Dirk had never seen a man this odd...and he definitely never had this much excitement!
|He was an odd looking man. He squinted too much and his beard seemed to curve unnaturally halfway into its length. He flared his nostrils often and his shoulders were held at two different heights. Even his feet seemed strangely positioned. He wore what would have been a pointy hat, if the seams had not torn all the way down to the base, leaving him with two ridiculous looking flaps that fell to the sides of his head, exposing his scalp to the sun. Why he continued to wear it Dirk could not for the life of him discern. Yet Dirk also couldn’t tell why the man wore a heavy, multi-colored robe and a cloak on a hot summer day in Kilistar. Or why his arms were covered in bells that jingled periodically and greatly annoyed Dirk. The man was the oddest that had passed along this road since Dirk had taken up his business.
Perhaps the oddest thing about the man, however, was that in contrast to all the aforementioned features, his teeth were perfect. They shone pure white in the afternoon sun as he smiled a gleeful smile. To be honest, it frightened Dirk a bit, the way the man’s features contrasted so oddly. In a strange way, it made him want to turn around and run. But he didn’t. Instead, he smiled back and held out his hand to collect his toll. The odd man dug around in his pockets for a moment before holding out two golden Turquis, still smiling. His teeth shone more brightly than the coins.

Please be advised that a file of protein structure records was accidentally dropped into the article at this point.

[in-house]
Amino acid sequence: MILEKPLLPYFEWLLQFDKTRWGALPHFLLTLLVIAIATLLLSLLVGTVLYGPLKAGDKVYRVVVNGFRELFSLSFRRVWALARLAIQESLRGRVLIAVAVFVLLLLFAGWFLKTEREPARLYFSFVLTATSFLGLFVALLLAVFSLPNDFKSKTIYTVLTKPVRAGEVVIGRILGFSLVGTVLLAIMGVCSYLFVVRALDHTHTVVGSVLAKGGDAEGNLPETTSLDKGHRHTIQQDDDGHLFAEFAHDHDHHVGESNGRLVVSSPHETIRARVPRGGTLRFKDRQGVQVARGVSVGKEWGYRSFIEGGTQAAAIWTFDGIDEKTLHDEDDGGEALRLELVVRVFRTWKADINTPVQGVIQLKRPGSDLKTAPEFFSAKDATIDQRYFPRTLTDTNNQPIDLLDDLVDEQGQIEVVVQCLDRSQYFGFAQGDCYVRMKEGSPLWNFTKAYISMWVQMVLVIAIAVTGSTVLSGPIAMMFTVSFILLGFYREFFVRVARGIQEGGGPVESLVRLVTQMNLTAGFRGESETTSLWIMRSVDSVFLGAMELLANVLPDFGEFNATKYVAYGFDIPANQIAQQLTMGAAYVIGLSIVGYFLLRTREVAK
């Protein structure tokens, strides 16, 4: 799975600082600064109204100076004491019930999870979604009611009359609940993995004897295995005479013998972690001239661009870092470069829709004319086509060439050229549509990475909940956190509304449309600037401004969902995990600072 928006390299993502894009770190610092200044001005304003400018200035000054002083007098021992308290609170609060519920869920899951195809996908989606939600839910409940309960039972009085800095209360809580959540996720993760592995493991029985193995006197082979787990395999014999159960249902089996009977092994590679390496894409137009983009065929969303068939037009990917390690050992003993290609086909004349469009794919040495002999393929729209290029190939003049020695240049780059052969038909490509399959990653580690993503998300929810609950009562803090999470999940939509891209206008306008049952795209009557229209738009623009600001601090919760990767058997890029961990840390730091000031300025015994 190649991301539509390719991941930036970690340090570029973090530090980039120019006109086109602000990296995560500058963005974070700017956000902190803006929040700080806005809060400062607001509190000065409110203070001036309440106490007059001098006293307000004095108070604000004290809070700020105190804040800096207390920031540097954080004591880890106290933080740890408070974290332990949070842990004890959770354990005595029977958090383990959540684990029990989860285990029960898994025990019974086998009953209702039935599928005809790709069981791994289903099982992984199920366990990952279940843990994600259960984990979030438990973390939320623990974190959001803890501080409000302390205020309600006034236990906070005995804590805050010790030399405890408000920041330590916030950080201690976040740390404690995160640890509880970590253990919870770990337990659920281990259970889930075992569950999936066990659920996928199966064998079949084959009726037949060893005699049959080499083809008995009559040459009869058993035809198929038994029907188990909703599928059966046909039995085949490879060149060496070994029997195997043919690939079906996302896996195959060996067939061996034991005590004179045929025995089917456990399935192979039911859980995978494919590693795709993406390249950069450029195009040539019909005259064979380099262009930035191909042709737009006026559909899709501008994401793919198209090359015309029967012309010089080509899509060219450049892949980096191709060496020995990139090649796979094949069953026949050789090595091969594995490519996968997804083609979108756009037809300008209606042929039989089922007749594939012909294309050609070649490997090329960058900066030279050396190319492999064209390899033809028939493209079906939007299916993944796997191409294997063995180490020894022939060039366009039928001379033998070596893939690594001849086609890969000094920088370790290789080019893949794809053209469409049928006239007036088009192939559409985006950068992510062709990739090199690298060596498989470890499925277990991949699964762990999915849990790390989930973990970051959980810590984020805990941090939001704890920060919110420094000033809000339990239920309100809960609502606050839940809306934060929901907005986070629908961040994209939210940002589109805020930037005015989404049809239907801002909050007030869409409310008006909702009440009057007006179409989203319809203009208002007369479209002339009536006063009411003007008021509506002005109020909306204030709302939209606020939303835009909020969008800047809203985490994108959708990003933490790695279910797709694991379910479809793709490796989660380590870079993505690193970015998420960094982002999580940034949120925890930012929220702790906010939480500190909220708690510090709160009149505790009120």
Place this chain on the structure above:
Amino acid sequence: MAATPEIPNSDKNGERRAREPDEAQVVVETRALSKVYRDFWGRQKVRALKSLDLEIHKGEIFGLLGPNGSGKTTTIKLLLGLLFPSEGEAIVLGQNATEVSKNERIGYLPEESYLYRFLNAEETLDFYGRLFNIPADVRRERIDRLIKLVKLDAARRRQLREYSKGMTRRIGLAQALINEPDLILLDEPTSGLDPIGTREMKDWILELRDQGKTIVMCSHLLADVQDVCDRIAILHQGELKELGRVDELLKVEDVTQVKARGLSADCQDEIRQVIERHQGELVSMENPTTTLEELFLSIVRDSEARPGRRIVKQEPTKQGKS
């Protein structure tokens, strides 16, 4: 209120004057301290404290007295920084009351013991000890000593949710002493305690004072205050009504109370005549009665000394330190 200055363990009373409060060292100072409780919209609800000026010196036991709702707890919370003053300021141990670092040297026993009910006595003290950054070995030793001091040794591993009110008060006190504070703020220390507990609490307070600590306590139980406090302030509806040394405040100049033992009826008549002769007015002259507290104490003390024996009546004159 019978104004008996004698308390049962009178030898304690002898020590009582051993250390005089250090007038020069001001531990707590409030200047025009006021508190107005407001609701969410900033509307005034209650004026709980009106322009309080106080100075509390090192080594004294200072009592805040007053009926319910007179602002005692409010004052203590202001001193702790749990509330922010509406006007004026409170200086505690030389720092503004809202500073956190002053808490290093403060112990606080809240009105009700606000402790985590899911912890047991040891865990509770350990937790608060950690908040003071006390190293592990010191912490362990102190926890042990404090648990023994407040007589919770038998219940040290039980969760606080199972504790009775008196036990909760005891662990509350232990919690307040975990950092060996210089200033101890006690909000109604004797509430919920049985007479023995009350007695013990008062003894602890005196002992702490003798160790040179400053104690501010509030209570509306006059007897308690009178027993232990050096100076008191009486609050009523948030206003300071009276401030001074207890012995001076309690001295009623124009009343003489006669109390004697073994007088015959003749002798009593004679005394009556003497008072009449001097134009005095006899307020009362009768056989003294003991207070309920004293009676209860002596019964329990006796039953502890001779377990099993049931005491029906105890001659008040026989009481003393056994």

Dirk took the money, put it in his pocket and moved out of the way to let the odd man pass. He didn’t budge. Rather, he stood there, in the middle of the road, leaning on his staff in the manner that a guard would lean on a sword. Dirk was silent for a while as he stood watching the man, annoyed and confused at such behavior.
“Well?” he asked finally.
“Well what?” the man replied, still smiling. His voice was odd, too. Instead of the raspy, old, difficult to understand voice that Dirk had been expecting, the sound that left the man’s lips was deep and resounding, and clear as a bell. Dirk shivered. Who was this man? Nay, what was this man? Dirk studied his features yet again. He was a magic-user. That was obvious enough to Dirk, due to the emblem he bore upon the breast of his colorful robe. It pictured three hands holding three wands, all pointing towards a small statue that seemed to be of a squirrel, though it was difficult to tell from the faded fabric. The man’s staff was not a normal walking stick, either. The wood shone almost as radiantly as the man’s teeth and showed no signs of decay when it obviously should have, judging by the amount of withered bark that barely clung to it. It was thin as well, and should not have been able to hold the weight of the man. But there were no signs of it being strained; no bending or creaking and no breaking.